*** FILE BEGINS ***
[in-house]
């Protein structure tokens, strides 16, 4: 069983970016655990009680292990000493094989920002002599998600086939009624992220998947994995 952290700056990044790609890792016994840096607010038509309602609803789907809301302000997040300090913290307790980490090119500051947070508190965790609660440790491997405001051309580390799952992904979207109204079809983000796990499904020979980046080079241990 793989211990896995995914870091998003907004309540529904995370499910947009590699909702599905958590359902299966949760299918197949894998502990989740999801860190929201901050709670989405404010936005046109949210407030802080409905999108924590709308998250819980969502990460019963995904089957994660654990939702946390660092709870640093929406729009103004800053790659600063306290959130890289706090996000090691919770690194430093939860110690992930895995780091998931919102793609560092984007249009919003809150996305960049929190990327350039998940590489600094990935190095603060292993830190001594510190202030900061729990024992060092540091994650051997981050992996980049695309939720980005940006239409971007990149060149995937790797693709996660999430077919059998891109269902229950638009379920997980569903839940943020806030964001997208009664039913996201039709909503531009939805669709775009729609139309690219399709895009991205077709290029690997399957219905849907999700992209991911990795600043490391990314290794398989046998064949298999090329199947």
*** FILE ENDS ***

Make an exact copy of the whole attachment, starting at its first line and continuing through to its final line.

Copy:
[in-house]
């Protein structure tokens, strides 16, 4: 069983970016655990009680292990000493094989920002002599998600086939009624992220998947994995 952290700056990044790609890792016994840096607010038509309602609803789907809301302000997040300090913290307790980490090119500051947070508190965790609660440790491997405001051309580390799952992904979207109204079809983000796990499904020979980046080079241990 793989211990896995995914870091998003907004309540529904995370499910947009590699909702599905958590359902299966949760299918197949894998502990989740999801860190929201901050709670989405404010936005046109949210407030802080409905999108924590709308998250819980969502990460019963995904089957994660654990939702946390660092709870640093929406729009103004800053790659600063306290959130890289706090996000090691919770690194430093939860110690992930895995780091998931919102793609560092984007249009919003809150996305960049929190990327350039998940590489600094990935190095603060292993830190001594510190202030900061729990024992060092540091994650051997981050992996980049695309939720980005940006239409971007990149060149995937790797693709996660999430077919059998891109269902229950638009379920997980569903839940943020806030964001997208009664039913996201039709909503531009939805669709775009729609139309690219399709895009991205077709290029690997399957219905849907999700992209991911990795600043490391990314290794398989046998064949298999090329199947």